Cutting the Cord (the Saga Ends)

Four weeks ago, we began the convoluted process of breaking away from Comcast, the cable TV giant that is one of America’s least admired companies. We had a package deal for television, internet and phone service with Comcast that wasn’t worth the monthly fee, especially since we weren’t watching much live television. With the arrival of Verizon’s fiber optic internet service in our neighborhood, it was a good time to consider alternatives.

First, I called Comcast to see if there was a way to lower our monthly bill. They told me that was impossible. Even if we completely eliminated our cable TV service, we wouldn’t save money (the combined price of Comcast’s internet and phone service bought separately would be almost as much as what we were paying for internet, phone and television as a bundle). 

Like Comcast, Verizon offers its best deals to new customers. Unfortunately, most of these deals weren’t as good as they first appeared. For example, to get TV through Verizon, you pay an additional fee for every television you hook up. That makes sense, except that Verizon assesses this additional fee even if you’ve only got one television! I believe this is known as “chutzpah”. (“Since you don’t actually have a television, you can get Verizon cable TV for the advertised price!”)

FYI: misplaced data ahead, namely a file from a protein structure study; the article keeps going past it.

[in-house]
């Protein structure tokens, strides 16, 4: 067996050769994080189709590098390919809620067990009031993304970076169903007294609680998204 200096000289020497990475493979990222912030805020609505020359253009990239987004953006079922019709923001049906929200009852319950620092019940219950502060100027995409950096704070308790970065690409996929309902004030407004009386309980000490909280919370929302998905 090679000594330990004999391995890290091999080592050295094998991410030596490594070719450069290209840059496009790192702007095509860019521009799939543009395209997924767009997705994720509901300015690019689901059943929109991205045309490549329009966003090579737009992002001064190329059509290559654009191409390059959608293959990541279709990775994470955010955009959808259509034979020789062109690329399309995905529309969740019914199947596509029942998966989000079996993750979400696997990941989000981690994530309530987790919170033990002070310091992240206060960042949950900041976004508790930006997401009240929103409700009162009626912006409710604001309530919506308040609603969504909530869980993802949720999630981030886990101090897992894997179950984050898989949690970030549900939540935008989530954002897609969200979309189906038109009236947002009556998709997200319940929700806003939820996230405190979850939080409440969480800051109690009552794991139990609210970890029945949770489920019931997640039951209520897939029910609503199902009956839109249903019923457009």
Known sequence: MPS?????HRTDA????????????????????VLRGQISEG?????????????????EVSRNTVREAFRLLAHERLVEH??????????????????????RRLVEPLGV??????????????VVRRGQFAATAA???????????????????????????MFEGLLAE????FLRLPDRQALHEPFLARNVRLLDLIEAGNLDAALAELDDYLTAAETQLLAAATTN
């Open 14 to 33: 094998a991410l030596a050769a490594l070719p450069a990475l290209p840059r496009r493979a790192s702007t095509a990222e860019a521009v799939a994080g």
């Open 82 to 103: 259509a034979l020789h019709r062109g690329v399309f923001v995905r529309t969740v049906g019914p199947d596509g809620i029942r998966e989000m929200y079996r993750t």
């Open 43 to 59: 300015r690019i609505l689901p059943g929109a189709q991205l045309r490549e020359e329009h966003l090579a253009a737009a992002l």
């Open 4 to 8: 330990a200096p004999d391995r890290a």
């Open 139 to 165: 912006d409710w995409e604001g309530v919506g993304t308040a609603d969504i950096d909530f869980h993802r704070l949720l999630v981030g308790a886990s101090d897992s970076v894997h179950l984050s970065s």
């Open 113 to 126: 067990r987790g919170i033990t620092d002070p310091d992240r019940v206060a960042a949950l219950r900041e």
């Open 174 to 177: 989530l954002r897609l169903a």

It turned out that even with an introductory offer, we’d pay Verizon almost as much as Comcast if we got Verizon’s phone and television services in addition to the internet. So our best option was to buy as little as possible from Verizon. That meant getting their internet service and nothing else. The good news was that Verizon offered a faster internet connection than Comcast for the same amount of money (and installation was free).